Salubrious 09-12-19 11:21 AM

I ride to work any day I can. Its been raining hard a good portion of this week but I have good rain gear.

However after stopping at the grocery store when I got back to my bike it had fallen over because of a flat rear tire. This is the third time this tire (Col De Vrie) has gone flat. I think I'm done with them; I rode my Michelins until the compounds literally perished but the Col De Vries are only a few weeks old. I like their ride but in my urban environment they don't seem practical. Fortunately I was too lazy to change out the front tire (still the Michelin) so I can put the remaining Col De Vrie on ebay as brand new.

IME the Kendas are a better tire for less money...

adventurepdx 09-12-19 12:51 PM


Originally Posted by Salubrious (Post 21119588)
This is the third time this tire (Col De Vrie)(sic) has gone flat. I think I'm done with them; I rode my Michelins until the compounds literally perished but the Col De Vries are only a few weeks old. I like their ride but in my urban environment they don't seem practical. Fortunately I was too lazy to change out the front tire (still the Michelin) so I can put the remaining Col De Vrie on ebay as brand new.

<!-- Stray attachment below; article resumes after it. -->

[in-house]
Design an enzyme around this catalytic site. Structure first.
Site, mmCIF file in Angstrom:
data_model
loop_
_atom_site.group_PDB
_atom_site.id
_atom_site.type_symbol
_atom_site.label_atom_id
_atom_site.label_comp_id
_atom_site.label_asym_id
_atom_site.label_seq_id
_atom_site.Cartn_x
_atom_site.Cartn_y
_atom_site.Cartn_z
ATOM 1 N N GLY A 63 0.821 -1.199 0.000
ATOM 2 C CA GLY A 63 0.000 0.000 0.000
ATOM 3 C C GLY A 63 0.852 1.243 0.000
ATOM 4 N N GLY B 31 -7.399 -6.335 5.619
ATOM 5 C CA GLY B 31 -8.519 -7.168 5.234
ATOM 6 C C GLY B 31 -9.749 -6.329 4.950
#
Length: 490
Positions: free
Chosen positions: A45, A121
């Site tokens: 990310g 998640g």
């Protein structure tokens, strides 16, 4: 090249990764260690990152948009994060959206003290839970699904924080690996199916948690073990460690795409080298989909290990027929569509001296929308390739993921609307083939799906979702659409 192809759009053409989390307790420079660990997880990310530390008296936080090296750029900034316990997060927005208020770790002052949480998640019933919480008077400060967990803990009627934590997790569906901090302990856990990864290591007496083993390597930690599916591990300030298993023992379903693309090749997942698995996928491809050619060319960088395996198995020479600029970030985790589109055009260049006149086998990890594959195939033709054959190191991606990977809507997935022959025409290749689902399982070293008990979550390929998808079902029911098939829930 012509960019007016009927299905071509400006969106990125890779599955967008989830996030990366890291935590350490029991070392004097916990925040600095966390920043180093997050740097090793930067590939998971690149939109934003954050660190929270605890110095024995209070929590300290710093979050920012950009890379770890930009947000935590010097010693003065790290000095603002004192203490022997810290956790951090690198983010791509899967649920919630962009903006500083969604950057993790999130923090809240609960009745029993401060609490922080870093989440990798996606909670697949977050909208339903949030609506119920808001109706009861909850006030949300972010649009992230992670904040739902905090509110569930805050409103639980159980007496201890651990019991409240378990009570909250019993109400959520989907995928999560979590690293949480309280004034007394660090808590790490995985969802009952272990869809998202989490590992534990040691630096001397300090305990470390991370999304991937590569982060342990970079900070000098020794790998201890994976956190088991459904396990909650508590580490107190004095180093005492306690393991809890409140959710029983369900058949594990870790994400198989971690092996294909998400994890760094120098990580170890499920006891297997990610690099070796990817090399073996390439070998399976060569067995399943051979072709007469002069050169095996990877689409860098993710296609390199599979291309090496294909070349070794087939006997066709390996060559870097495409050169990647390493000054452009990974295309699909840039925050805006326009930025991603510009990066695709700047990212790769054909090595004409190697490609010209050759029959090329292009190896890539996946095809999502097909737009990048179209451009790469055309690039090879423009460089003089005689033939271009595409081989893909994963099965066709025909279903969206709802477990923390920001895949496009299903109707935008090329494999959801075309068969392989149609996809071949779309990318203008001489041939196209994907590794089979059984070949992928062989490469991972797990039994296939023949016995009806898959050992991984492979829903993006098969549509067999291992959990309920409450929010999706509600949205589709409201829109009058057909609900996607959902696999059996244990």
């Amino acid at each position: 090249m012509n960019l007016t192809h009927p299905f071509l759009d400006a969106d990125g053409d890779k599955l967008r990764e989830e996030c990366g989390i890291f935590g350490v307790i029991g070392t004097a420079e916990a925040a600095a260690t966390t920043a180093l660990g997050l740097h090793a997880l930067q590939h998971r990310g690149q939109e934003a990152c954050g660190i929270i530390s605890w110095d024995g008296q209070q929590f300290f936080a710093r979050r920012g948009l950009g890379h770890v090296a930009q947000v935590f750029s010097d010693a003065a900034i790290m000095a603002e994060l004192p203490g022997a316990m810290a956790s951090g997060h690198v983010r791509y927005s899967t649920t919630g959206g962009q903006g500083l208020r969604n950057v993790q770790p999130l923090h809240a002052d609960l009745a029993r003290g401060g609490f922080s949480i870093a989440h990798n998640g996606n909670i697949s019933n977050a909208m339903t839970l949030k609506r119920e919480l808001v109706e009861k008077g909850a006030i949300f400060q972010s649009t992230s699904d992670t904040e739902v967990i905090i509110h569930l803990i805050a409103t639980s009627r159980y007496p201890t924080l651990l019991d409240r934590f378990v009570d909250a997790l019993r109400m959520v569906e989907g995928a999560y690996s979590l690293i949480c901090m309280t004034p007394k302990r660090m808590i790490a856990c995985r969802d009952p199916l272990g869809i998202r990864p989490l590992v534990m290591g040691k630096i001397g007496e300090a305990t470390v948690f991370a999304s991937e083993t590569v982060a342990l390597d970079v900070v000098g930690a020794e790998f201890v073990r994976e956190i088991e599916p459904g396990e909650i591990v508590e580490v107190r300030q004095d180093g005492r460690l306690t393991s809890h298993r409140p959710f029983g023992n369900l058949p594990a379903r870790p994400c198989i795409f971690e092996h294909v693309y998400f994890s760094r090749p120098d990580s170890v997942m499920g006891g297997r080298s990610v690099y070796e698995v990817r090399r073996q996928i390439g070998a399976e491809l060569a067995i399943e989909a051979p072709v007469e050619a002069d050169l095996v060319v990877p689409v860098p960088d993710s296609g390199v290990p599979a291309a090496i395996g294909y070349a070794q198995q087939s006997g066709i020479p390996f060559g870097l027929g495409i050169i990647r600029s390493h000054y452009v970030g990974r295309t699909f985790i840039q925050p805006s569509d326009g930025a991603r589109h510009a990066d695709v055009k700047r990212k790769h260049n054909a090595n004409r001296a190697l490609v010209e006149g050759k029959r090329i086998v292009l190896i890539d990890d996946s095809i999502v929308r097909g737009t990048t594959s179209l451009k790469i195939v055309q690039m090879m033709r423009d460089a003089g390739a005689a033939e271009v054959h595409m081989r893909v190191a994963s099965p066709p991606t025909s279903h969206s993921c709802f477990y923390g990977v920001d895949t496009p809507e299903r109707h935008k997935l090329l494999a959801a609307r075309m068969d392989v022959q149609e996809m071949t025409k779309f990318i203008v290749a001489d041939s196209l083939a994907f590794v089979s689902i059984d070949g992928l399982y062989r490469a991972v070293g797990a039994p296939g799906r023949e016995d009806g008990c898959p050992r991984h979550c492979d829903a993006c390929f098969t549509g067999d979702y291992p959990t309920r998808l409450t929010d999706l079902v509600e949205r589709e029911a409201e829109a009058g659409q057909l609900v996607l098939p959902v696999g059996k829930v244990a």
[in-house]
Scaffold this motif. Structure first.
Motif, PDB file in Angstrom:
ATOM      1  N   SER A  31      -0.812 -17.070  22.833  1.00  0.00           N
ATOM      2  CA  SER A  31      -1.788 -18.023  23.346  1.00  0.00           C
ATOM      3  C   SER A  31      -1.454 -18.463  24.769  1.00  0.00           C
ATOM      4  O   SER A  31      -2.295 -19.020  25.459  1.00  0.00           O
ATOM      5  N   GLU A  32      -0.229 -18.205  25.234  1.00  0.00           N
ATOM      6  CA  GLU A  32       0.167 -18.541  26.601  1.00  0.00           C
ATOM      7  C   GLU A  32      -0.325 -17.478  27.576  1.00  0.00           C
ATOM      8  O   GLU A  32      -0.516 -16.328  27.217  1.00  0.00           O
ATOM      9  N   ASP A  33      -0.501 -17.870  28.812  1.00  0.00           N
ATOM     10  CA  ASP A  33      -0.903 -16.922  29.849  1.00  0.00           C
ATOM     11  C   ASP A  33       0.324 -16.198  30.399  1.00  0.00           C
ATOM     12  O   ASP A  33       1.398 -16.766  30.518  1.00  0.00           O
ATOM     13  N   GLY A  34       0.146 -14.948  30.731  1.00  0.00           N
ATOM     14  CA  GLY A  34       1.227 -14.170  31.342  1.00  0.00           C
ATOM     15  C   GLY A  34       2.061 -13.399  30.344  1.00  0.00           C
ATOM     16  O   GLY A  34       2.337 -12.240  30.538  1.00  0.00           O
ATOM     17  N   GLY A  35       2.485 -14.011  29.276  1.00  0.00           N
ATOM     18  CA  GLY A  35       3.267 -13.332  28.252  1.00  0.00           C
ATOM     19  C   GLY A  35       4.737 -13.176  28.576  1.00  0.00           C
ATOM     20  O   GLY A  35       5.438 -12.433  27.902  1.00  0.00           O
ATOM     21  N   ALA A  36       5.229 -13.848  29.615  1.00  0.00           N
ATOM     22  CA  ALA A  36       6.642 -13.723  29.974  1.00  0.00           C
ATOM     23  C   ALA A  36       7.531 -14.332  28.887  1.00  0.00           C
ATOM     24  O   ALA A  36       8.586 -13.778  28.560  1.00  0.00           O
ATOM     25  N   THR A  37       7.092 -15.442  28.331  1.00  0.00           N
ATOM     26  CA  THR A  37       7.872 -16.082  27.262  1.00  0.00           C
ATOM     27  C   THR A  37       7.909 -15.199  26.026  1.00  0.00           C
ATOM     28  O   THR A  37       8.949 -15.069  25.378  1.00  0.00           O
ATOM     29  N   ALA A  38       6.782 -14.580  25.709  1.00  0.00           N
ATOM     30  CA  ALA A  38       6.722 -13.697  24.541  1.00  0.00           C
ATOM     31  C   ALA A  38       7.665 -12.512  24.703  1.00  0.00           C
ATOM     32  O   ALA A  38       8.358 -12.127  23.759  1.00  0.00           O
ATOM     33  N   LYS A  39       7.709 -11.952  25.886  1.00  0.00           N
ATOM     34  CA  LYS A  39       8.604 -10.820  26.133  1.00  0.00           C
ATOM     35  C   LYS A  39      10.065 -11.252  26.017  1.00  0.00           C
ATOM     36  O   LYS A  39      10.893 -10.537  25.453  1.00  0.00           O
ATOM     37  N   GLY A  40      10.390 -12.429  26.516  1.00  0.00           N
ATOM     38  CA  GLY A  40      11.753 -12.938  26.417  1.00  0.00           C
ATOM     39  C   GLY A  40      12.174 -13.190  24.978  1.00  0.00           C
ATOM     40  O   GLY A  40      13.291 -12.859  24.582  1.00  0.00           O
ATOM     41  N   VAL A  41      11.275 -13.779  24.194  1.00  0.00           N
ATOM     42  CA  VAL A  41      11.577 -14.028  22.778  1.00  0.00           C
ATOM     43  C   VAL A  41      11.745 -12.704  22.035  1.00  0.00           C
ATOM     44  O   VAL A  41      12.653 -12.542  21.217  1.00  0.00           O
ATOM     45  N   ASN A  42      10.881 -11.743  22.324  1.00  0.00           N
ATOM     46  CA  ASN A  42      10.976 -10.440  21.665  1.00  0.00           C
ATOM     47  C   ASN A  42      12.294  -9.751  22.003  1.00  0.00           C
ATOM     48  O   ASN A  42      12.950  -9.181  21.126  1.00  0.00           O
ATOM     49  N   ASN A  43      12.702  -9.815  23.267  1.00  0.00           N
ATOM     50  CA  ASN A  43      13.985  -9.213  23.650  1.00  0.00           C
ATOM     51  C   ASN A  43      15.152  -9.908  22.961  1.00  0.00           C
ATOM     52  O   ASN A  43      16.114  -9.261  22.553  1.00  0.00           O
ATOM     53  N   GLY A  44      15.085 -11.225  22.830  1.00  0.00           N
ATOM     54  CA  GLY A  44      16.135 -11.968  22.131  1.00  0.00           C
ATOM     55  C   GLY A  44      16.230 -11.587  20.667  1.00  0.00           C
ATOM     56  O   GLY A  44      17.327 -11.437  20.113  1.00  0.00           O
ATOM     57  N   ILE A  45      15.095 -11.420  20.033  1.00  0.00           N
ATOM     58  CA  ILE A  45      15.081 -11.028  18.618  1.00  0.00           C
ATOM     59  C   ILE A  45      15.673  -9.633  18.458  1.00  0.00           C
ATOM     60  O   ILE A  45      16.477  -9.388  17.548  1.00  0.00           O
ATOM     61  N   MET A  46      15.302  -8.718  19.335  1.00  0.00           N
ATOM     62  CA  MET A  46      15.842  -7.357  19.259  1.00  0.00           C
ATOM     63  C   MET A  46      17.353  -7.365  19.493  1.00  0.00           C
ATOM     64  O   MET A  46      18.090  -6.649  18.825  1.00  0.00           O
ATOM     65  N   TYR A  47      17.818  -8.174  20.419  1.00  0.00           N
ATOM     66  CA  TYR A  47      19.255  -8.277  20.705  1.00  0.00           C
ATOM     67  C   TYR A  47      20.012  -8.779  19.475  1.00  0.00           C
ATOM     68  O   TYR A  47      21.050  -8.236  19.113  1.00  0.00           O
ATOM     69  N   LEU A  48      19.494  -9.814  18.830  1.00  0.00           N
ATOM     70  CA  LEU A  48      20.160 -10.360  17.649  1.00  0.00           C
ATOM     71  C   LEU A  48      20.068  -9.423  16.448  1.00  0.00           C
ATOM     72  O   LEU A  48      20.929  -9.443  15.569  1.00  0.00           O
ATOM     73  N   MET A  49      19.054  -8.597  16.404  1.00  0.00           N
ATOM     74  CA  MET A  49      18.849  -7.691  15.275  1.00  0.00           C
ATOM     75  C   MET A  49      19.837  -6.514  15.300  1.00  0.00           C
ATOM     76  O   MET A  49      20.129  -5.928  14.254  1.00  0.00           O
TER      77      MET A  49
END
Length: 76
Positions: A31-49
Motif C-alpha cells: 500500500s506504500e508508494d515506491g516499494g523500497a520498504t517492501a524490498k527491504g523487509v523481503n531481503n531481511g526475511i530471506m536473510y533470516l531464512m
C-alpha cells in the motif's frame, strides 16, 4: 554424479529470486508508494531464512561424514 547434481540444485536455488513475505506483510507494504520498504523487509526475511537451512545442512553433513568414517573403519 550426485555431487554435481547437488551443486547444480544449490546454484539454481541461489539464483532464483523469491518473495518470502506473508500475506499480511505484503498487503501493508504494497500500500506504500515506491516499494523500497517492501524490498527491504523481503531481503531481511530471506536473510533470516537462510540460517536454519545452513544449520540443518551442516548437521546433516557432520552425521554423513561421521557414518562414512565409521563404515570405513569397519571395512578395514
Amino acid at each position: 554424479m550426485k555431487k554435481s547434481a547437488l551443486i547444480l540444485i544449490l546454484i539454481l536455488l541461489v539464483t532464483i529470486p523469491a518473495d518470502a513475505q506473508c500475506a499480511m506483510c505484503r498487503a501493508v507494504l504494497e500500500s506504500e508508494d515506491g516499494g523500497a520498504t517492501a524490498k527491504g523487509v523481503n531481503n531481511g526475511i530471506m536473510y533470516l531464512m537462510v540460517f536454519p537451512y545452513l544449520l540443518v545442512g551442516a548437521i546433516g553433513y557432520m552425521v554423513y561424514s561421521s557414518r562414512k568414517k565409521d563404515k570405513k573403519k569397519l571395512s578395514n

IME the Kendas are a better tire for less money...

What pressure are you running the Col de la Vies at?

When I got the first set of Col de la Vies maybe five years ago, I was also getting flats consistently. But I was also trying to run them at a pressure closer to what I would run on the Delta Cruisers. I think I had them at 50-55 psi, which is actually over the max listed 45. I just thought 45 psi was too low. Someone I knew who had them told me it wasn't a problem to run them higher, so I did. Because of the bad luck I had with them, I avoided them for a few years.

But then a couple years back I decided to try the Col de la Vies again. This time, I decided to keep them at 40-45 psi. And I got a lot less flats. Maybe the original pair I had came from a bad batch, I don't know. But it definitely seems like lowering the psi solved the problem. The one big thing about running such narrow tires at that pressure is you have to be more on it with inflating.

I still have a set of Col de la Vies on my "sportier" three speed, since I use it less, and ride it less loaded. I switched back to Schwalbe Delta Cruisers for my Superbe. I find them to be the best balance of price, durability, ride quality, and (especially) looks. They're making a cream-walled version in 650A, which looks very nice.